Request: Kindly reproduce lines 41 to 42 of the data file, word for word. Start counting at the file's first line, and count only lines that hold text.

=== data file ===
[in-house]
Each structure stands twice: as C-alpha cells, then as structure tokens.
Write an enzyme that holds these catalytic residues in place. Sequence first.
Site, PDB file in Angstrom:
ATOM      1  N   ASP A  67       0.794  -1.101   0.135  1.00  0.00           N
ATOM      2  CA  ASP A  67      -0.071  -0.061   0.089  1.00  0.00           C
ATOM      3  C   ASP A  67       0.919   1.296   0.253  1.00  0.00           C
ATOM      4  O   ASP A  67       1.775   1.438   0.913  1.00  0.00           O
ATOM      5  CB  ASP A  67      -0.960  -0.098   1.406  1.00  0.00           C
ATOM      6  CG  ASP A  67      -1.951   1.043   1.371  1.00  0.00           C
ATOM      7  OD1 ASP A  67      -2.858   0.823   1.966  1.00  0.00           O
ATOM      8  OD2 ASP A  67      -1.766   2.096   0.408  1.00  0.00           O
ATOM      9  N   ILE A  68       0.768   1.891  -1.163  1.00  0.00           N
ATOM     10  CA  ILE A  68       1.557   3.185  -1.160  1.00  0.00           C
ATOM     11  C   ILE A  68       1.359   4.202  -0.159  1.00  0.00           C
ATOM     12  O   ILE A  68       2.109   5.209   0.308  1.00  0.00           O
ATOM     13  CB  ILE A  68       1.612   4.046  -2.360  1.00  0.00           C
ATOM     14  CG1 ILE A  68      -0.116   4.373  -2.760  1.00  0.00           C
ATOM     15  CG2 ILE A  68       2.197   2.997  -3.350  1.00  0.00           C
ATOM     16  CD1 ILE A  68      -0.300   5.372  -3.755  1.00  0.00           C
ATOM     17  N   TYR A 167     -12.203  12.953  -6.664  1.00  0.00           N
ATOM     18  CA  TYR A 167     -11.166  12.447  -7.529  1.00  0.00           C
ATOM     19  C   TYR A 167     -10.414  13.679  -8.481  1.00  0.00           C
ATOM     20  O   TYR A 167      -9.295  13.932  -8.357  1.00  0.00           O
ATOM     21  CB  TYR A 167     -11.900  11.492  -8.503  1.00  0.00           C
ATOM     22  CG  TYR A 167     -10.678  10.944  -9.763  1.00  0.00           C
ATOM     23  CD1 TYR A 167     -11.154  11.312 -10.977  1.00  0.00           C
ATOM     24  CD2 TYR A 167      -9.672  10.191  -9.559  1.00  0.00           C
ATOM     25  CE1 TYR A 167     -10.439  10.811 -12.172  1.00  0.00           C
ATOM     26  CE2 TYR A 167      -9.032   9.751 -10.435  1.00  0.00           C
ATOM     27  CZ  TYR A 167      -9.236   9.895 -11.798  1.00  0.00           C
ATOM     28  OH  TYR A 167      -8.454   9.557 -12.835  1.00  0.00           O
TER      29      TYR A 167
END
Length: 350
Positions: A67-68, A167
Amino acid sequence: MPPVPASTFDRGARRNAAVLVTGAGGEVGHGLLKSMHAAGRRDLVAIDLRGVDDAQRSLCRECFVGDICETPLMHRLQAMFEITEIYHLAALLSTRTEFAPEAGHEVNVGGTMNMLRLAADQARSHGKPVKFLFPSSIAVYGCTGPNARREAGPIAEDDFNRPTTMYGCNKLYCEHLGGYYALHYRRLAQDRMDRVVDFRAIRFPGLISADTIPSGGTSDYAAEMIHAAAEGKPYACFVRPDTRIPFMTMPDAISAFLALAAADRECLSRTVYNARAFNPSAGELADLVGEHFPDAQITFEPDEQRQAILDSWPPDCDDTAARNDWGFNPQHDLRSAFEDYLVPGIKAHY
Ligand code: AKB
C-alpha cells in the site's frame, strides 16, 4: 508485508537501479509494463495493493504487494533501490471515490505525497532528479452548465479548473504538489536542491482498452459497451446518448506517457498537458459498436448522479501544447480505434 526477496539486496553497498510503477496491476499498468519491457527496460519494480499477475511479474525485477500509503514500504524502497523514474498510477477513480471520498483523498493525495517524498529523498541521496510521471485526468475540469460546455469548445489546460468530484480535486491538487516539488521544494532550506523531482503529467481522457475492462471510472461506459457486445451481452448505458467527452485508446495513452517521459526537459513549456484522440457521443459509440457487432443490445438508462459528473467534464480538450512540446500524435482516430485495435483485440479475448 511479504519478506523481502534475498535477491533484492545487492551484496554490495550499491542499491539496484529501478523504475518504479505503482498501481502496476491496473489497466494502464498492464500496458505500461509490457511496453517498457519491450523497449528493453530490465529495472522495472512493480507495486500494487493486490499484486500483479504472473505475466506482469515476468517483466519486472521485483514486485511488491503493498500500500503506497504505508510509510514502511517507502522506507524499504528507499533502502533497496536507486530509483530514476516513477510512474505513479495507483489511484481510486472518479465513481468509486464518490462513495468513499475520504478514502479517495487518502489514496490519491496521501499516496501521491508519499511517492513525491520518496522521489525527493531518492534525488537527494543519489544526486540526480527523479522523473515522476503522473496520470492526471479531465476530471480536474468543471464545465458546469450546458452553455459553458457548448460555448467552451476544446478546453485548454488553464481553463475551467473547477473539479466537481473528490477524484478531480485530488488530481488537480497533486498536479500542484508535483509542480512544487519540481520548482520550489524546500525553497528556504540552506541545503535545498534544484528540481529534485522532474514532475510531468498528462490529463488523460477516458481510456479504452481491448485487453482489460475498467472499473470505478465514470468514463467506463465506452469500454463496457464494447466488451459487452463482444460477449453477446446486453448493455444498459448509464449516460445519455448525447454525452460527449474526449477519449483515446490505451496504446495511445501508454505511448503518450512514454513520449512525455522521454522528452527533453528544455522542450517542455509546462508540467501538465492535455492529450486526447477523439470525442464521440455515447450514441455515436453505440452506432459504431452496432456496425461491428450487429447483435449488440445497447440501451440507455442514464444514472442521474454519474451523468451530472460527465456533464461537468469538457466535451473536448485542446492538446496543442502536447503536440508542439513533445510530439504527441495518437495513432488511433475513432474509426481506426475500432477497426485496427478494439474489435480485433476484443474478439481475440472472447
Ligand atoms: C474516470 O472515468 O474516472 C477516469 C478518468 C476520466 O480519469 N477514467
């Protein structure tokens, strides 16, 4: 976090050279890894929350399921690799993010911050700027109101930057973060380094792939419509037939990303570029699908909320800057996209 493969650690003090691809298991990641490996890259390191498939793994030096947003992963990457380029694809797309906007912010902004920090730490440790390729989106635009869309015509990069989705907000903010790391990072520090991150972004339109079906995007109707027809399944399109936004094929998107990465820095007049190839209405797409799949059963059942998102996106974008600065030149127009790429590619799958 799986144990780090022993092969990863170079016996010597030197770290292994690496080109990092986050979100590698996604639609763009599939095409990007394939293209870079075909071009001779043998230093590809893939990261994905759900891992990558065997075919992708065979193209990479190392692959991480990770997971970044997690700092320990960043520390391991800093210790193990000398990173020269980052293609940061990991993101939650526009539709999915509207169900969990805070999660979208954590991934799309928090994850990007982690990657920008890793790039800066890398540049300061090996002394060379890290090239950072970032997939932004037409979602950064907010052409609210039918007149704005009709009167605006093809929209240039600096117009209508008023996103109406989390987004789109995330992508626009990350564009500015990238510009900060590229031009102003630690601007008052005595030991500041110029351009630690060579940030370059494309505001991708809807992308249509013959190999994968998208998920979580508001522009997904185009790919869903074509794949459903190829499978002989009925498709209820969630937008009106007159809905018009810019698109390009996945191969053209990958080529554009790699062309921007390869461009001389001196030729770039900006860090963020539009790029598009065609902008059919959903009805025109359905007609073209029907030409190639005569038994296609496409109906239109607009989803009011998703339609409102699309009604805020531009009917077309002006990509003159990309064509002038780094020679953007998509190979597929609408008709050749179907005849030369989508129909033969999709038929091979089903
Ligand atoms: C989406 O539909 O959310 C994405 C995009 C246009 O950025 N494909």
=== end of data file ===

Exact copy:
């Protein structure tokens, strides 16, 4: 976090050279890894929350399921690799993010911050700027109101930057973060380094792939419509037939990303570029699908909320800057996209 493969650690003090691809298991990641490996890259390191498939793994030096947003992963990457380029694809797309906007912010902004920090730490440790390729989106635009869309015509990069989705907000903010790391990072520090991150972004339109079906995007109707027809399944399109936004094929998107990465820095007049190839209405797409799949059963059942998102996106974008600065030149127009790429590619799958 799986144990780090022993092969990863170079016996010597030197770290292994690496080109990092986050979100590698996604639609763009599939095409990007394939293209870079075909071009001779043998230093590809893939990261994905759900891992990558065997075919992708065979193209990479190392692959991480990770997971970044997690700092320990960043520390391991800093210790193990000398990173020269980052293609940061990991993101939650526009539709999915509207169900969990805070999660979208954590991934799309928090994850990007982690990657920008890793790039800066890398540049300061090996002394060379890290090239950072970032997939932004037409979602950064907010052409609210039918007149704005009709009167605006093809929209240039600096117009209508008023996103109406989390987004789109995330992508626009990350564009500015990238510009900060590229031009102003630690601007008052005595030991500041110029351009630690060579940030370059494309505001991708809807992308249509013959190999994968998208998920979580508001522009997904185009790919869903074509794949459903190829499978002989009925498709209820969630937008009106007159809905018009810019698109390009996945191969053209990958080529554009790699062309921007390869461009001389001196030729770039900006860090963020539009790029598009065609902008059919959903009805025109359905007609073209029907030409190639005569038994296609496409109906239109607009989803009011998703339609409102699309009604805020531009009917077309002006990509003159990309064509002038780094020679953007998509190979597929609408008709050749179907005849030369989508129909033969999709038929091979089903
Ligand atoms: C989406 O539909 O959310 C994405 C995009 C246009 O950025 N494909």